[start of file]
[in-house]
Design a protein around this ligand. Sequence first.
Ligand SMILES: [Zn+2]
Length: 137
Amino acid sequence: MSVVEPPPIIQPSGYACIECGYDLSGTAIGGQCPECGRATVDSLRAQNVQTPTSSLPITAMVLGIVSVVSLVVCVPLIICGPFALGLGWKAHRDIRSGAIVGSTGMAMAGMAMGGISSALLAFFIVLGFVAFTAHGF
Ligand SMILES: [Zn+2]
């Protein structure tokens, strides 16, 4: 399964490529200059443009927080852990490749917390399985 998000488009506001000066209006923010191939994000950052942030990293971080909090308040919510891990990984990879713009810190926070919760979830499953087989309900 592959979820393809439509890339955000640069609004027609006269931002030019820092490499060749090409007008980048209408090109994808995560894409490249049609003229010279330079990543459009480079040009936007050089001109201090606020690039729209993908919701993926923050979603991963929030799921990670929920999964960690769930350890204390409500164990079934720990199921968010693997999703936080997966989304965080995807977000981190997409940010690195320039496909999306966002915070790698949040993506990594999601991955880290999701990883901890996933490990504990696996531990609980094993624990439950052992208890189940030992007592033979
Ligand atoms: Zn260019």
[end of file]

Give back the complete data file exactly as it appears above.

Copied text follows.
[in-house]
Design a protein around this ligand. Sequence first.
Ligand SMILES: [Zn+2]
Length: 137
Amino acid sequence: MSVVEPPPIIQPSGYACIECGYDLSGTAIGGQCPECGRATVDSLRAQNVQTPTSSLPITAMVLGIVSVVSLVVCVPLIICGPFALGLGWKAHRDIRSGAIVGSTGMAMAGMAMGGISSALLAFFIVLGFVAFTAHGF
Ligand SMILES: [Zn+2]
């Protein structure tokens, strides 16, 4: 399964490529200059443009927080852990490749917390399985 998000488009506001000066209006923010191939994000950052942030990293971080909090308040919510891990990984990879713009810190926070919760979830499953087989309900 592959979820393809439509890339955000640069609004027609006269931002030019820092490499060749090409007008980048209408090109994808995560894409490249049609003229010279330079990543459009480079040009936007050089001109201090606020690039729209993908919701993926923050979603991963929030799921990670929920999964960690769930350890204390409500164990079934720990199921968010693997999703936080997966989304965080995807977000981190997409940010690195320039496909999306966002915070790698949040993506990594999601991955880290999701990883901890996933490990504990696996531990609980094993624990439950052992208890189940030992007592033979
Ligand atoms: Zn260019």